The voice of the student body

The Dial

The voice of the student body

The Dial

The voice of the student body

The Dial

An Inside Perspective: Center For Creative Arts and Technology

Credit: Mitch Hirsch
A digitally generated photo of the chosen Crescent Scheme with realistic additions such as students, nature, windows, and more.

The new Center for Creative Arts and Technology is not simply a building, but a place of innovation, creativity, and community. To curate this space, countless people have worked together for years to ensure that every detail is perfect.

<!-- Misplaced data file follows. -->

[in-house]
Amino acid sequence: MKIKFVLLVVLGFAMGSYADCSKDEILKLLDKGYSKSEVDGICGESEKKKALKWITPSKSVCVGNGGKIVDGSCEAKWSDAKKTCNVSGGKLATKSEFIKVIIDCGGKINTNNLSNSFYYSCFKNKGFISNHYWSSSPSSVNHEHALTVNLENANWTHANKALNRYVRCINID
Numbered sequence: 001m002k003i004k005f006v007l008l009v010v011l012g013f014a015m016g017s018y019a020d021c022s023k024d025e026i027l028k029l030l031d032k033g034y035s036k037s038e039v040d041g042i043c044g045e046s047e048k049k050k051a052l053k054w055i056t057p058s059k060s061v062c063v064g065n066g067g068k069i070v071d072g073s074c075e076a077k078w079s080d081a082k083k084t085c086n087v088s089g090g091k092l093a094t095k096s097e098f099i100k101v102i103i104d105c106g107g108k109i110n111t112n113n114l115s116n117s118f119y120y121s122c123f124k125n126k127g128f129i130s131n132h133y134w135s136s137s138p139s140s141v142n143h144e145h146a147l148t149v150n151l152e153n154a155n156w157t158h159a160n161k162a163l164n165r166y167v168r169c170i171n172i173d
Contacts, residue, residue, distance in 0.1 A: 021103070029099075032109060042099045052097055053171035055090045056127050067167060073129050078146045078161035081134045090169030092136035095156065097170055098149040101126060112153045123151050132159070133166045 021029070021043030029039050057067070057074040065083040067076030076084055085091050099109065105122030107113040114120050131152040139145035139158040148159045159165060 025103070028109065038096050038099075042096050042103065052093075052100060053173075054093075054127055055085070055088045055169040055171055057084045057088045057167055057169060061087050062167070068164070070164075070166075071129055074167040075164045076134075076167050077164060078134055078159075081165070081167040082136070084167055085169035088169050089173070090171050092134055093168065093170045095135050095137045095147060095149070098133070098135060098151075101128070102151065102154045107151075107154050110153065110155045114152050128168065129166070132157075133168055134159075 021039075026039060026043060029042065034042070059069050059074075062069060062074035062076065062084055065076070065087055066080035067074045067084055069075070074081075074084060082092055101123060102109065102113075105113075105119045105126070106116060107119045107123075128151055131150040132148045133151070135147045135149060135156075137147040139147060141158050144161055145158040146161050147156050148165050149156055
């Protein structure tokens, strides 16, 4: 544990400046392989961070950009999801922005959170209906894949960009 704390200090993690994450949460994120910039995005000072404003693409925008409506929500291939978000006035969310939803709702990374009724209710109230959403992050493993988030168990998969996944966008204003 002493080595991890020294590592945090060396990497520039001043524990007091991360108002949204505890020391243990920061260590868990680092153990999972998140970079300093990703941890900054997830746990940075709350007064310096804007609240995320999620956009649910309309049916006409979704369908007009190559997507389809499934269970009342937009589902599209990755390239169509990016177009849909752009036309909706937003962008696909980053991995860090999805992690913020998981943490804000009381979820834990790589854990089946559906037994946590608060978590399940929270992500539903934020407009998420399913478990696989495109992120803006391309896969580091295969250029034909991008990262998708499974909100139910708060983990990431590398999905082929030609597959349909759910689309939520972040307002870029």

A 550-seat multi-purpose auditorium, an outdoor amphitheater, dressing rooms, extensive art galleries, a makerspace, drama classrooms, computer science classrooms, visual art studios, music rehearsal rooms, and a scene shop: these are the features of Hackley’s new Performing Arts and Technology Center described by the lead architect, Mitch Hirsch.

Working hard to build what Mr. Hirsch first envisioned in 2019, Dave Coon is the architect managing the project’s construction. Both Mr. Hirsch and Mr. Coon work at Pelli Clarke & Partners (PCP), a renowned architecture firm in New Haven, Connecticut. The firm does a lot of work in performing arts spaces as well as high-rise commercial towers worldwide.

Hackley had an ambitious and complex vision for a building that would combine visual arts, performing arts, and computer science. Mr. Hirsch and his co-workers at Pelli Clarke & Partners delivered a design that would accomplish this elaborate mission.